As a giant dog bread, we get a lot of comments from people that walk by. Probably the most common is 'Horse'. I just want to get things straight I am not a horse, nor a elephant, nor a dinosaur but a Great Dane.
Although, I do have a soft spot for the larger version of me as you can see from the video and photos:
Bones are like gobstoppers for kids. We can naw at them for hours and unlike gobstoppers that rot your teeth, bones clean ours. It is important to choose the right bones otherwise we can find ourselves in a lot of trouble.
For instance dont give us chicken bones as they can get lodged in our throat or splinter and hurt our stomach and intestine. Robert swears by chuck bones or large marrow bones that are cut in quarters (width and length) this allow me to get to the tasty marrow par 😉
My owners often tell me that I have a bottomless pit for a stomach but I just think I love my food. I haven’t found anything that I wont eat and sometime it gets me into trouble. To all those puppy Great Danes that want to learn from my mistakes and the large vet bills that I have created for Robert & Tien I recommend you stay away from;
Too many sausage rolls (40+)
Chicken skewers (incl. skewer sticks) 6+
Protein shake (1kg)
On the other hand, I would highly recommend that you encourage your owners with the following;
Pigs ears (what a treat)
There also of those life indulges like Ice Cream and Pizza that i also love!
This month I learnt a little bit about my name – Bismark (aka. Bissy). Robert said that naming me was difficu
lt but the things that he factored into the name included; I was a Blue Great Dane, giant dog, likely to create havic and destroy a thing or two as a pup and that our breed is regal.
Robert’s dad (my grand dad) served in the Royal New Zealand Navy for 25yrs and Robert and his brother have always been fascinated by Naval ships & sea diving (I dont get blowing bubble under water but then again, Ive never tried).
Combining all of the above together, Robert decided to name me after a famous World War II battle ship called the Bismark (pic below):
To provide the history lesson, Robert took me to Williamstown where I visited a naval ship and got to play with some big guns – just looked, no firing 😉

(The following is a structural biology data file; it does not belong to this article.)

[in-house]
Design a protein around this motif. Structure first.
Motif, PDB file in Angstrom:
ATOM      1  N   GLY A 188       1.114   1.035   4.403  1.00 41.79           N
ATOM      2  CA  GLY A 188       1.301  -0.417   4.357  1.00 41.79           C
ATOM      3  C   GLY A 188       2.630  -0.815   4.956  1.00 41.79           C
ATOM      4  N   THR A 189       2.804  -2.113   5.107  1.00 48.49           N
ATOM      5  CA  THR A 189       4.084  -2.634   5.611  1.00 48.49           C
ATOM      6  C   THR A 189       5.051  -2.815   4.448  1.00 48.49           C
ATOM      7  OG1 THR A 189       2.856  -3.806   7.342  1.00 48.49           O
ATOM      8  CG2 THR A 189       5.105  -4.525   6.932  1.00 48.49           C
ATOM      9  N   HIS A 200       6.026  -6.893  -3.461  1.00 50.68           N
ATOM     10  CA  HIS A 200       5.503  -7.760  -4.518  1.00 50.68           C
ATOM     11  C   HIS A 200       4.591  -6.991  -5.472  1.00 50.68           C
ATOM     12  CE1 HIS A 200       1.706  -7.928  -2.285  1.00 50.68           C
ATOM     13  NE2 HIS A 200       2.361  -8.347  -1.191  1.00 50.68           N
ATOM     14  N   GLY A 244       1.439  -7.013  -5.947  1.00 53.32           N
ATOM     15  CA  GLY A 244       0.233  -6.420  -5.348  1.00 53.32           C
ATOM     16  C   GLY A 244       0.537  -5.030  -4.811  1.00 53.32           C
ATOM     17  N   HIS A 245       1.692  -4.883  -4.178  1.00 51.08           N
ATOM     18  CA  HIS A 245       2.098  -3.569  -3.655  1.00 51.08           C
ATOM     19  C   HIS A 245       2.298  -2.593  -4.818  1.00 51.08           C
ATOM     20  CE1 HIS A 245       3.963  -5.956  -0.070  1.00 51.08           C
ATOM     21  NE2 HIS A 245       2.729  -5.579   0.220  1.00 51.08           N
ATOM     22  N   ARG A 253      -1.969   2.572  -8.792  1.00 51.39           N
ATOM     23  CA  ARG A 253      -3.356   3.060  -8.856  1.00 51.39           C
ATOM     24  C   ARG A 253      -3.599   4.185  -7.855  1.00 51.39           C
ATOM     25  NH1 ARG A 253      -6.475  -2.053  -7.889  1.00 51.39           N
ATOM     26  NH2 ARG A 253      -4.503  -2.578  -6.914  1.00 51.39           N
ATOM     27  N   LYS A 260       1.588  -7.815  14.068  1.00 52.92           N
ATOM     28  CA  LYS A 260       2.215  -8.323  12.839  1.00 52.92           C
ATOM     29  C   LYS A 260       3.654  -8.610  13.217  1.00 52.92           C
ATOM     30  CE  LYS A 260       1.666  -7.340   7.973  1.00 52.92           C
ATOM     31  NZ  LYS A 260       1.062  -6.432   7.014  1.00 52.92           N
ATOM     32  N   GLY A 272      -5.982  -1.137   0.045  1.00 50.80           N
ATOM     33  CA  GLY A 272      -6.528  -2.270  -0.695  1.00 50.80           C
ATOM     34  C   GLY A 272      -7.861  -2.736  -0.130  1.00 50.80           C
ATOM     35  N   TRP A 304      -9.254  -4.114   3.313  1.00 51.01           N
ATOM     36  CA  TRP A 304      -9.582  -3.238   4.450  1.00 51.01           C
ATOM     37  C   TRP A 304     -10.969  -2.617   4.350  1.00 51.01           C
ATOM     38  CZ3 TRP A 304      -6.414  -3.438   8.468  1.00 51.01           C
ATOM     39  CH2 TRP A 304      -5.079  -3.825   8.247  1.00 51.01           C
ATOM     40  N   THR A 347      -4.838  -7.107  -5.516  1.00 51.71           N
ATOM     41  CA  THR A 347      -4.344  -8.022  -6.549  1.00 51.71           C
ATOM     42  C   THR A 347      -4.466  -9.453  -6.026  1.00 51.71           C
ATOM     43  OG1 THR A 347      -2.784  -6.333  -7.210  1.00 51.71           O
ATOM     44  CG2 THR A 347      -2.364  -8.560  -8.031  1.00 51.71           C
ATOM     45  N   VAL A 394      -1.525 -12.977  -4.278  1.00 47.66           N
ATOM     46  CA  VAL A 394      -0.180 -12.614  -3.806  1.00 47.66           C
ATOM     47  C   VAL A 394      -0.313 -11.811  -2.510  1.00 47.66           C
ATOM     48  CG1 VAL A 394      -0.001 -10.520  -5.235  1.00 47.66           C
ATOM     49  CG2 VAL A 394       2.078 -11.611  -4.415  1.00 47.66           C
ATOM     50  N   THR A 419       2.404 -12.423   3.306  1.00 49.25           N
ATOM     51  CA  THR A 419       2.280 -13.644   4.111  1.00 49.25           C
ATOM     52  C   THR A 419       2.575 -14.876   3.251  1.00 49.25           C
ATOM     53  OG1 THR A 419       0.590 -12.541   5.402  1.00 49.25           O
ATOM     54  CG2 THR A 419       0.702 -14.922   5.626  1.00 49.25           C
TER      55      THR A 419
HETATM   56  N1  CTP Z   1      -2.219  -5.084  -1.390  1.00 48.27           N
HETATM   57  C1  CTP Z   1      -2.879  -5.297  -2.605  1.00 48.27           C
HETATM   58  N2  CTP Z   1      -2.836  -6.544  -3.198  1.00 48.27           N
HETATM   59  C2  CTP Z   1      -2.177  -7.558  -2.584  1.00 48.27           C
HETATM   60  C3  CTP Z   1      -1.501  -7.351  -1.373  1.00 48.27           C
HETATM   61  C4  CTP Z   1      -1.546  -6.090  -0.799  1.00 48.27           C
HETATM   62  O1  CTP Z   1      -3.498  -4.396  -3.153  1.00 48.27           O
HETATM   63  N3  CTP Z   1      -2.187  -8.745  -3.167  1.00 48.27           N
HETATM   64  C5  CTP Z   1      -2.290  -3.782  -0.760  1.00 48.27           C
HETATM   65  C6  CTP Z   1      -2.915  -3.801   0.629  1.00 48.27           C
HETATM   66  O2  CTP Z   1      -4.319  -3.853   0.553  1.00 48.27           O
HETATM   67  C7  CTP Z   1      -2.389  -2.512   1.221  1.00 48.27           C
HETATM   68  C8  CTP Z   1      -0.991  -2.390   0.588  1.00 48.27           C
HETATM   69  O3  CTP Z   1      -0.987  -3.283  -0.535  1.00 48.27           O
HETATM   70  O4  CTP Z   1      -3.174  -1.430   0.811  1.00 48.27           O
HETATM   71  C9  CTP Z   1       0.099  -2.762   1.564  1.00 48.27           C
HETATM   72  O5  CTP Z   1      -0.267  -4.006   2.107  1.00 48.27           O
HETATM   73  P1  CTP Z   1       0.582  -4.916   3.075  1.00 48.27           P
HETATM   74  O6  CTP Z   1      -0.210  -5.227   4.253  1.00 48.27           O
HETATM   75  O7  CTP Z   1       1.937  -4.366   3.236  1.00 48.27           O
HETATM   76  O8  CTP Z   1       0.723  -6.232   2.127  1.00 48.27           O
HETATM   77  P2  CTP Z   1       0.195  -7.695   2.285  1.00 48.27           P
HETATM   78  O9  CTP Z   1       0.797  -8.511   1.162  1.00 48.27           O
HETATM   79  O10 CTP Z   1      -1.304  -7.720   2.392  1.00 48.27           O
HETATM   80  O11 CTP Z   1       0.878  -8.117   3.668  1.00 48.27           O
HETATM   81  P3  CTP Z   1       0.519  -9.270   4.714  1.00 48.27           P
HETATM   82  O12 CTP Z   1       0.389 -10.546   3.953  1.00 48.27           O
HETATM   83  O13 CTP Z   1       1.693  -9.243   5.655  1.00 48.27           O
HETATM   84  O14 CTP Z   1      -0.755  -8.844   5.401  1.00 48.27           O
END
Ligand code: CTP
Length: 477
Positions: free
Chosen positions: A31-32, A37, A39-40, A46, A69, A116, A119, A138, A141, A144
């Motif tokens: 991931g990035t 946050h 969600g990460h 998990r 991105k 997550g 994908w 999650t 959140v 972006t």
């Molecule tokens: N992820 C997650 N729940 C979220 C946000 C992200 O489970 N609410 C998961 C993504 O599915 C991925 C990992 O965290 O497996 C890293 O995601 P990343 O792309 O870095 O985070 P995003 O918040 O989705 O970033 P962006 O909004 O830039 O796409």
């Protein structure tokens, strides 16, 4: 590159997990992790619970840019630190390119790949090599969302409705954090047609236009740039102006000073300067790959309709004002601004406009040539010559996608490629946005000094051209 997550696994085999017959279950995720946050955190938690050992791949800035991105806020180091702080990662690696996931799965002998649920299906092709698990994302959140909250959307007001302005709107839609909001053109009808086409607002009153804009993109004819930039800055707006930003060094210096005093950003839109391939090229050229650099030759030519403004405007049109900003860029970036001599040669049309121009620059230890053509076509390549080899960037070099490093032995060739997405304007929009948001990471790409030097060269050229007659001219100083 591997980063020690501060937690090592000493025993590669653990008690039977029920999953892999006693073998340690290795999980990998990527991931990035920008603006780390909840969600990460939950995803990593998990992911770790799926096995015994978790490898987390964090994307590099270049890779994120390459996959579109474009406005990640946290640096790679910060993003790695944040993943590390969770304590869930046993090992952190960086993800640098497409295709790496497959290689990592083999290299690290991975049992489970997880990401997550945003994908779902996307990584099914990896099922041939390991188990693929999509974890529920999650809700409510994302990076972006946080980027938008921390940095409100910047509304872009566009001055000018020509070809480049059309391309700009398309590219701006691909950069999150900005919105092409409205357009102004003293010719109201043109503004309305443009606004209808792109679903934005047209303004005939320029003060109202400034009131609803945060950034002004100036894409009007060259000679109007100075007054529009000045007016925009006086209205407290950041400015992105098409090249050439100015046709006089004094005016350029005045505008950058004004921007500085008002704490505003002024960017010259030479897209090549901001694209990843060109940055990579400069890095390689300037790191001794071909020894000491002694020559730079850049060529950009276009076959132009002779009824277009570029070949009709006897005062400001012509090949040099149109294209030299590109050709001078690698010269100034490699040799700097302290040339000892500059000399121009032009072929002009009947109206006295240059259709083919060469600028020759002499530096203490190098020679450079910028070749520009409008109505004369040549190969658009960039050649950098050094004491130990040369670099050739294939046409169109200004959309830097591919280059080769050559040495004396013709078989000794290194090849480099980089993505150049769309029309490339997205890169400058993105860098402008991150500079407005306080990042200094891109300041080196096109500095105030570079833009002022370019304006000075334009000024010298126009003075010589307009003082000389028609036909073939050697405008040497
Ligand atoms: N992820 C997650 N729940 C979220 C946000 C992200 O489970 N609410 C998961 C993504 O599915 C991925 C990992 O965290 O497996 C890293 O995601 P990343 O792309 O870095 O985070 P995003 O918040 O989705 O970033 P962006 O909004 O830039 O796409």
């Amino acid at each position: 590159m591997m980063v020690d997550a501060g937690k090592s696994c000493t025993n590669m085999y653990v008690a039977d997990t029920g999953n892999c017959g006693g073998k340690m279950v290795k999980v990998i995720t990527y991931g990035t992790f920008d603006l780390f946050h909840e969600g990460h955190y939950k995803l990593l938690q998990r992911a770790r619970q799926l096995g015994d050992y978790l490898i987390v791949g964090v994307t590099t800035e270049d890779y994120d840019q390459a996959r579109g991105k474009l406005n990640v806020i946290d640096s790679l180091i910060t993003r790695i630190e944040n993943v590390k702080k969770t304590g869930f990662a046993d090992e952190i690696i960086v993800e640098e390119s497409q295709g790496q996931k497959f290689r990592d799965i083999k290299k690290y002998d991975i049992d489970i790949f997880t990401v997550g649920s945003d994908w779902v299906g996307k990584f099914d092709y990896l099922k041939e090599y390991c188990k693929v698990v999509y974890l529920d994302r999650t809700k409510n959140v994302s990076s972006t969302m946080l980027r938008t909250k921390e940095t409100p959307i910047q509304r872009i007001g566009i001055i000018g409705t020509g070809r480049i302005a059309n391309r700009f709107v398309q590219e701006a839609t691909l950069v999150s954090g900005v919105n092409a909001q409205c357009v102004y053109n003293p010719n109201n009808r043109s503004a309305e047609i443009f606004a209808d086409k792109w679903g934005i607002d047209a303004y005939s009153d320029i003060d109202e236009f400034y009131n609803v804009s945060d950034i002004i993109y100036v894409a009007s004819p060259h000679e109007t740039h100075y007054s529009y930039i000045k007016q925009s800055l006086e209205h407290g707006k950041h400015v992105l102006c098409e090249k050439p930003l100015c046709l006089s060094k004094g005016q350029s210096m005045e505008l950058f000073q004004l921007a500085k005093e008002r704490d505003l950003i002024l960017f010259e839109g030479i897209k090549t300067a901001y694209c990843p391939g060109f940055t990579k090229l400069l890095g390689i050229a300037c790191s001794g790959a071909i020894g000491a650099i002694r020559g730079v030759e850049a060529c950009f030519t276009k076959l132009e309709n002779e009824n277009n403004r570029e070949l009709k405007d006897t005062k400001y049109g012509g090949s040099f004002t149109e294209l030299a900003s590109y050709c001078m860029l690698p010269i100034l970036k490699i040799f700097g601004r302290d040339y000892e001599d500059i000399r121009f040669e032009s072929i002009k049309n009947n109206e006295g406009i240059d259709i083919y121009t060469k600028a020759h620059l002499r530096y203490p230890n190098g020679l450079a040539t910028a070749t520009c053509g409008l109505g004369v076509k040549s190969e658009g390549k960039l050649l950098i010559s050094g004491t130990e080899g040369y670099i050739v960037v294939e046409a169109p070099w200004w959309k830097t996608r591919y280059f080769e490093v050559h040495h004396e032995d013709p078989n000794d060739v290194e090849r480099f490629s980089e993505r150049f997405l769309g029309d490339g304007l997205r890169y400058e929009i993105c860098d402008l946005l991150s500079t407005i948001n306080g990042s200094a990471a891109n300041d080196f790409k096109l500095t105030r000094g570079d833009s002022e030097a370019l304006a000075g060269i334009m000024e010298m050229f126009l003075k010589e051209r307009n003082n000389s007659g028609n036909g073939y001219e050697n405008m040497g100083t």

My owners are obsessed with cushions. Firstly I was kicked off my couch and they have replaced me with cushions (lots of them). They are a favourite of Tien’s but I have discovered another purpose for them – Cushion Demolition.
Over the past few weeks I have made my way through about three or four but Im not worried as there are plenty more!
Its been a hot summer and after plenty of games with the hose, Robert finally decided to buy me a pool. Whilst Robert wanted to show me the basics of swimming with my first lesson, I decided that the real game was trying to drag the pool around the back yard.
Must admit, I couldn't rip it apart despite multiple attempts during the day. For anyone thinking about a paddling pool for a Great Dane, I highly recommend the one I got. Easy to fold away, durable and big enough for me!
You when you dont know what you want to be when you grow up? Well I have been pondering this over the last few months and today, I discovered what excites me - GARDENING!
Im not sure if I was putting the reticulation system in correctly so I had to pull it out a couple of times. Eventually though, I think I got it right. Great doing something that excites me even if it doesnt excite my owner
This month has been great catching up with friends and family of the two legged and four legged kind. Robert has made sure that I have experienced new things since so far so that I become familiar with them and not scared of them in later life. Apparently we can be impacted from a young age if we arent socialised or exposed to different sounds, smells, sites and feelings. Some examples of what Robert has done so far;
Loud sounds - trams, buses, truck and one that did scary me a little Harley Davidson
Sites - Beaches, parks, roads, national parks
Socialisation - other dogs, cats, horses and of course plenty of humans
Great to have spent some time with my grandma, aunt and uncle as well as the first time I met my 'boss/ co-owner' (below):
Socialising with other dogs is also big. Puppy school was the start but meeting other dogs of different ages and manners is all part of growing up
Since day 1 Robert has been teaching me the basics (sit, drop, heel and stay) but the home schooling only takes you so far. Clicker training has been the fastest way for me to learn. For such a simple training tool, it it definetly keeps me focused
I joined four other puppies for some classroom work. Whilst I was the only Great Dane in my class, I wasn't the only large dog, there were two Boxers, a German Shepherd and a Pit Bull Terrier.
Whilst I gained a lot from the class particularly social etiquette with other dogs, I feel as though Robert learnt the most.
Six key takeaways include:
Training with positive reinforcement (encouragement, treats etc) not discipline
Dog treats carry different currency (just like money) - typically boiled chicken, pigs ears etc are a higher order treats. Higher order treats can be used when you are super impressed with a particular behaviour
Socialising with other dogs from a young age is important. We learn manners (dos and dont's). Whilst we are with other puppies, when we get it wrong, the result isn't as bad as getting it wrong with a fully grown dog
Puppy school and other dog training schools are there to teach the owner not the dog. Most of the dog training happens with your owner not in the classroom
Vaccinations and de-worming/fleaing is really important for your dogs health
Pet insurance from a young age is worthwhile. There are plenty of plans out there so shop around (if in Australia, I used PetPlan)